Ancestor worship* is a common practice in Heathenry and many types of Reconstructionism, but I have noticed an interesting thing; people like to worship the ancestors that they liked and are quick to repudiate those they did't. I'm not talking about ancestors who genuinely deserve to be disowned, which a serious matter but does occasionally happen, I mean the ones we just don't like, the ones who weren't nice people, who were difficult, or who struggled with personal demons. Of course it's easy to honor our ancestors who we perceive to be good people, and it's hard to find the worth in those whose flaws are written large in our memory. I think we forget though that even the ancestors we like were not perfect and those we are so quick to reject often have value if we look for it.
I have two paternal grandfathers; one of blood and one of love. My stepgrandfather was my grandmother's third husband and, I believe, the love of her life, a man my father considered his Dad, but that's another story. My biological grandfather was my grandmother's second husband, the son of a German immigrant and an Irish immigrant. He was a mean drunk who, according to my father, threw fists, words, and dinnerware with equal viciousness. He spent most of his money on his beer and his own food, making my grandmother fix him steak and potatoes for dinner while she and the 7 children sat and ate whatever the church food pantry had to spare for them. Having said that I am sure there are at least some people out there who are reading this and thinking that they would never honor such an ancestor, and some who may even be thinking they would never speak of him and let his memory be forgotten.
I may not raise a horn to him but I do include his picture on my ancestor altar and I include him in the general offerings and attention that my ancestors, collectively, get for three reasons. Firstly, my father maintained a cordial relationship with his biological father until my grandfather's death and I do not believe its up to me to decide to cut off an ancestor I never knew based on his flaws when my father never did so during his life. Secondly, my grandfather was not wholly bad. He had a strong sense of loyalty and family, even if he didn't treat them well when he was drinking. When he met my grandmother she was a 19 year old with two small children from a man who had decided to abandon his family to seek greener pastures. He loved her, married her, and adopted her children; in his life he never treated them any different than the 5 children he and my grandmother had together. From what everyone in the family says as far as he was concerned my eldest uncle and aunt were his children. He also had an indomitable will. At one point in his life he owned a small grocery store; when closing up one night, as he turned to lock the door, a man who meant to rob him stabbed him in the back with a meat cleaver, opening a wound from shoulder to hip. My grandfather turned and fought back, forcing the man to run away; he was able to get help for himself which probably saved his life (I often wonder if this incident was a major factor in his drinking problem). I have a lot of respect for anyone that can fight through that type of injury in the moment and who has that strength of will.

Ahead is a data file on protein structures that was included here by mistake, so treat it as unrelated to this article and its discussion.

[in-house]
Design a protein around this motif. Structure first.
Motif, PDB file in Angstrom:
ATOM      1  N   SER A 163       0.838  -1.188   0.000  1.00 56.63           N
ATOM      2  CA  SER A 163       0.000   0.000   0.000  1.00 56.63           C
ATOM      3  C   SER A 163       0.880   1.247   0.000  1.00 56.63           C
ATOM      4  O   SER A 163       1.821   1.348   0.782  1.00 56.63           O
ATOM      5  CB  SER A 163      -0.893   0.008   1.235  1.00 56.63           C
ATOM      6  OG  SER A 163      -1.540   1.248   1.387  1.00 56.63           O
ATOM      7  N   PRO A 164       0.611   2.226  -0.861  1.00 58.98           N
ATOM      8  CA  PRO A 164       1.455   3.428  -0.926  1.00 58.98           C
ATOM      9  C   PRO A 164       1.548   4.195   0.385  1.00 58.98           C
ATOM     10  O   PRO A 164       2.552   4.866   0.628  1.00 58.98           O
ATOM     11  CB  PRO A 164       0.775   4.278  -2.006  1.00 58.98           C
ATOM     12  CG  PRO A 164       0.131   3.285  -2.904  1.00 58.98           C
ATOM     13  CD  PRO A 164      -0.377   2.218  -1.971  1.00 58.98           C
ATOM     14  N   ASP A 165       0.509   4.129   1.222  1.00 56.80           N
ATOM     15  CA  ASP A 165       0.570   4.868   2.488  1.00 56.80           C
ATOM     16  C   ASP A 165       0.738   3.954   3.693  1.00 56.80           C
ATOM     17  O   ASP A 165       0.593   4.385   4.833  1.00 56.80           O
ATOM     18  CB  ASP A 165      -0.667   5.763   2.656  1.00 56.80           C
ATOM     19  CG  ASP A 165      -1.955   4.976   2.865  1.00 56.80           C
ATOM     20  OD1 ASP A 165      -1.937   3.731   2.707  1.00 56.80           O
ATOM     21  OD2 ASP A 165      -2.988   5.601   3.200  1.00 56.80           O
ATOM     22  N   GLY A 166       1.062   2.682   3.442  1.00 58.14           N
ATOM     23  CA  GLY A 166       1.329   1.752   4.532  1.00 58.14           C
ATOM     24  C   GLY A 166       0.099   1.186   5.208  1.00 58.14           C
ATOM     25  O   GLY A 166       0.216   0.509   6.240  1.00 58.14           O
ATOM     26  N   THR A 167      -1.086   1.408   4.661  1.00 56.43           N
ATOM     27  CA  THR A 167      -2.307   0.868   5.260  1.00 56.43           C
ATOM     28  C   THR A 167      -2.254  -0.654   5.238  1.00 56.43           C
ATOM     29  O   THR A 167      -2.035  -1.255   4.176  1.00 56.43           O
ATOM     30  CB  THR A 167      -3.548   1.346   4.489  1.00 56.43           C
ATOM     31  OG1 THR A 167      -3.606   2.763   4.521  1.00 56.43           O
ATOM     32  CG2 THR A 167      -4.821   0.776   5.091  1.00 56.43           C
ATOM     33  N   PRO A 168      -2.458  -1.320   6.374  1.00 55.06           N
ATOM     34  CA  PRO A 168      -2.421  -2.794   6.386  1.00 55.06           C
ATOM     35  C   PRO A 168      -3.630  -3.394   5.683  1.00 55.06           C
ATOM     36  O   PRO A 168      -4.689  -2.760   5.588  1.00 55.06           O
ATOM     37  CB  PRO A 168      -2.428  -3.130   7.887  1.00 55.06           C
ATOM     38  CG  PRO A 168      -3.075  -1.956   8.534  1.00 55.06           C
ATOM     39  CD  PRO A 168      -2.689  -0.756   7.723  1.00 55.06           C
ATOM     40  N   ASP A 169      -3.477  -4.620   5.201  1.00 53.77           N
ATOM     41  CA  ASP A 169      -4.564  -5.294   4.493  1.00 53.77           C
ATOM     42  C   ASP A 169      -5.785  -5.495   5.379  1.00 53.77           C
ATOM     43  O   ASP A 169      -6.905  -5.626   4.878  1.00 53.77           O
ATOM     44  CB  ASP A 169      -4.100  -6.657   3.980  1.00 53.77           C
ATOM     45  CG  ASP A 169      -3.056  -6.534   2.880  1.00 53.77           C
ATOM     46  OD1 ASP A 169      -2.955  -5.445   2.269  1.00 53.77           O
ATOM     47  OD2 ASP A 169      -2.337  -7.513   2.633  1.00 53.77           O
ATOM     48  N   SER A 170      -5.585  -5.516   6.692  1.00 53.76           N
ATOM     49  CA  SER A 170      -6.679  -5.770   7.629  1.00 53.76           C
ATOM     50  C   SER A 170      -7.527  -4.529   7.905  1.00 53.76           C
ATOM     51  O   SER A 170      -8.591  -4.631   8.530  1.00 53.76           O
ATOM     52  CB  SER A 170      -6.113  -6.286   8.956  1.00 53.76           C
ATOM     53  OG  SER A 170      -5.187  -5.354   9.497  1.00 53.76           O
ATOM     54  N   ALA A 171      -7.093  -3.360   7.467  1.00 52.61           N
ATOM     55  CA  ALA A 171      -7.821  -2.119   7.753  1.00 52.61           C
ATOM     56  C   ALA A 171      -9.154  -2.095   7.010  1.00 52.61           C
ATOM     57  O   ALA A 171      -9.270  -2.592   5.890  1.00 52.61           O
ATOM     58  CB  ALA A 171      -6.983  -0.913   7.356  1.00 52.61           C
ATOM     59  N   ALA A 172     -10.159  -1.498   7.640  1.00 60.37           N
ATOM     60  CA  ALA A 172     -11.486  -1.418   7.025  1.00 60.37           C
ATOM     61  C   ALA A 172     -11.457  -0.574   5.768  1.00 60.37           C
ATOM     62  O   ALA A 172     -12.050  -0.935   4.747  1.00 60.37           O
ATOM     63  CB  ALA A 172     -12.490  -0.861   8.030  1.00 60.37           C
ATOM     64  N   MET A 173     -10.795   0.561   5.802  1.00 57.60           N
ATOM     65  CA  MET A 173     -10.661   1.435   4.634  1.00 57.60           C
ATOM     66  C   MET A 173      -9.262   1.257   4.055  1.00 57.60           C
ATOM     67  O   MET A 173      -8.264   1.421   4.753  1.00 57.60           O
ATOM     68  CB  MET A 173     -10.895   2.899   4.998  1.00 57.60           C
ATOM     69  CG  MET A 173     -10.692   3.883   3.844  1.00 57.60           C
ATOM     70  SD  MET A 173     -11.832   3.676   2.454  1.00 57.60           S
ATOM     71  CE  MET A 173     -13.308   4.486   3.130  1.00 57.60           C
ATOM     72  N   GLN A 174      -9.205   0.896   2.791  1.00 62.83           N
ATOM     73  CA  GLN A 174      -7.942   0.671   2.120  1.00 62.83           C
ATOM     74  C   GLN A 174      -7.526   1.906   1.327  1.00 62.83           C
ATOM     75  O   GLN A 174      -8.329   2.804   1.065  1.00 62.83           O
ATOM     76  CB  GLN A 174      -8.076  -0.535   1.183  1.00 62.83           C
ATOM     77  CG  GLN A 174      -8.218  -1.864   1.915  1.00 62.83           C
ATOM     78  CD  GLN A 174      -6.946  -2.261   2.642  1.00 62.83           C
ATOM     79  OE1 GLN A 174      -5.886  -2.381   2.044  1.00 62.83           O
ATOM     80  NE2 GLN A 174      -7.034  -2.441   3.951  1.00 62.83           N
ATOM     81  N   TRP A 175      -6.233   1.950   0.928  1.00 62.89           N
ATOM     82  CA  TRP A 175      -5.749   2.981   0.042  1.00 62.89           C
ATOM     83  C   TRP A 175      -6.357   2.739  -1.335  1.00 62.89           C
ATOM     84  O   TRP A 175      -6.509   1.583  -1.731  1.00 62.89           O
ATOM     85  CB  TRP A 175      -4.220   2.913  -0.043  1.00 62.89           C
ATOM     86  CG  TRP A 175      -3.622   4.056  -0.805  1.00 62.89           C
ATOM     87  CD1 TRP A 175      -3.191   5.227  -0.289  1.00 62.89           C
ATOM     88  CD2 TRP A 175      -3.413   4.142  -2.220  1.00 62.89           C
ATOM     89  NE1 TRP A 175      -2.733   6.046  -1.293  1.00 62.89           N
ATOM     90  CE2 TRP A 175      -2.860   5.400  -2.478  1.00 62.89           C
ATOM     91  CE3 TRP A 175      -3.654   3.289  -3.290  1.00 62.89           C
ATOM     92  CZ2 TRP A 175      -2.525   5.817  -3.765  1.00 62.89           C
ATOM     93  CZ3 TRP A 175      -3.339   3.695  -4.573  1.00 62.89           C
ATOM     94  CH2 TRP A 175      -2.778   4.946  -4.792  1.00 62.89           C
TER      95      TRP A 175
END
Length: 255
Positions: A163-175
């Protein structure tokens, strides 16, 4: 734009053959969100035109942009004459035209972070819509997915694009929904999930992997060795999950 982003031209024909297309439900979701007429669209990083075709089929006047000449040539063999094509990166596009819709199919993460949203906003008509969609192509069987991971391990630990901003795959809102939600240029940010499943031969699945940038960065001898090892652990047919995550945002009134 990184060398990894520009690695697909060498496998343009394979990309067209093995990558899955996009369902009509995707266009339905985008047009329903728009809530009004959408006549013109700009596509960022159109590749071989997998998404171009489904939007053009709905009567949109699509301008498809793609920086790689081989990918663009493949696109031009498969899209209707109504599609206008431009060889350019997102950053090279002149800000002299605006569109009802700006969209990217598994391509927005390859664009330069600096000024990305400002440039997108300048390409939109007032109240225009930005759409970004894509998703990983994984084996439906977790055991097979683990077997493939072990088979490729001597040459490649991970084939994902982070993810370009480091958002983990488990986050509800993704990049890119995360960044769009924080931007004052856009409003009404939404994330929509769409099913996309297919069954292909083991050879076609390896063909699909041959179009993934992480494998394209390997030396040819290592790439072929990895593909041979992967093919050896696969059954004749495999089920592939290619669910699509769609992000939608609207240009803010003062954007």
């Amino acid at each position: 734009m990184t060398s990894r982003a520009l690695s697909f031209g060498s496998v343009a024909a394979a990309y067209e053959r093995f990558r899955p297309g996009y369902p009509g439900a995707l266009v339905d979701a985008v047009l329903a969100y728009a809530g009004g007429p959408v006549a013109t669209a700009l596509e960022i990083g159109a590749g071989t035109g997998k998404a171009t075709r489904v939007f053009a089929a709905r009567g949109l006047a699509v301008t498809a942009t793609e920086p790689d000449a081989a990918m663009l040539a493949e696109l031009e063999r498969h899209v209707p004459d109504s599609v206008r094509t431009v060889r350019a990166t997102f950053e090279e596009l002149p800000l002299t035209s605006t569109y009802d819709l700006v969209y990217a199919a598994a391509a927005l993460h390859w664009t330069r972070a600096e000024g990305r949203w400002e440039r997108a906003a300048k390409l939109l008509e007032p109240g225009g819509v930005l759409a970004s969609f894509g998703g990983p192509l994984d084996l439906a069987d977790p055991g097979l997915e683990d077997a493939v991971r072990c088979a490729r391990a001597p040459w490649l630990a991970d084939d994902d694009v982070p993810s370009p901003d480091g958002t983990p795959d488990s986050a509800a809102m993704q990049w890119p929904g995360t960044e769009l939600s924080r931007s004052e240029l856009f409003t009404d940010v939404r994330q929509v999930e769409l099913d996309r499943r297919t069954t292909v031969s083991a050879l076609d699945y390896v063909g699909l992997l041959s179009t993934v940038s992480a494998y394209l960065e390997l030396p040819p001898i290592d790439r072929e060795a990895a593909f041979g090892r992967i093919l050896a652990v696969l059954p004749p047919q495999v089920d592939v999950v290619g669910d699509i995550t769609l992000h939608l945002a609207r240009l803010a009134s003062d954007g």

My third reason is less personal to my grandfather and more general, but its the reason I chose my paternal grandfather as an example. No ancestor is perfect and I think we do ourselves a disservice to think we can cherry pick the "good ones" based on our own limited information about people's lives. The reality is we never know more than a fraction of a person's story, especially those who died before we were born or when we were very young. Certainly if we know for a fact that an ancestor did something deserving of being cut off, and we have no doubt that there were no extenuating circumstances or other mitigating factors than we may choose to cut them off from our memory. Families are complicated things and what exactly would qualify as across that line will be different for all of us - my grandmother cut off her biological mother after her mother abandoned the family (leaving my 9 year old grandmother to care for her 4 younger siblings); to this day she will not even tell anyone her mother's name or anything about her. She made a choice to totally cut her mother out of her memory, and consequently the memory of subsequent generations, and to me that is a very serious thing to do. My grandmother did it based on direct experience with the person; on the other hand my father took the other road and kept the relationship. I choose to respect the choices of those who actually knew the people when they were alive. I don't believe that I should cut off an ancestor, in death, who was not cut off in life, or conversely to reconnect to one who was.
When I look at the strengths and weaknesses of my family, living and dead, I see things in all of them that can be remembered with pride and things that are, at best, warnings for future generations. Even the ancestors that I love best have flaws, and when I think of myself and how I will be remembered I hope that my children and their descendants don't just pass on the good stories but also the balancing points. Ancestors may be dead, but they are still family, with all the attendant imperfections.
*Worship: 2: reverence offered a divine being or supernatural power;also : an act of expressing such reverence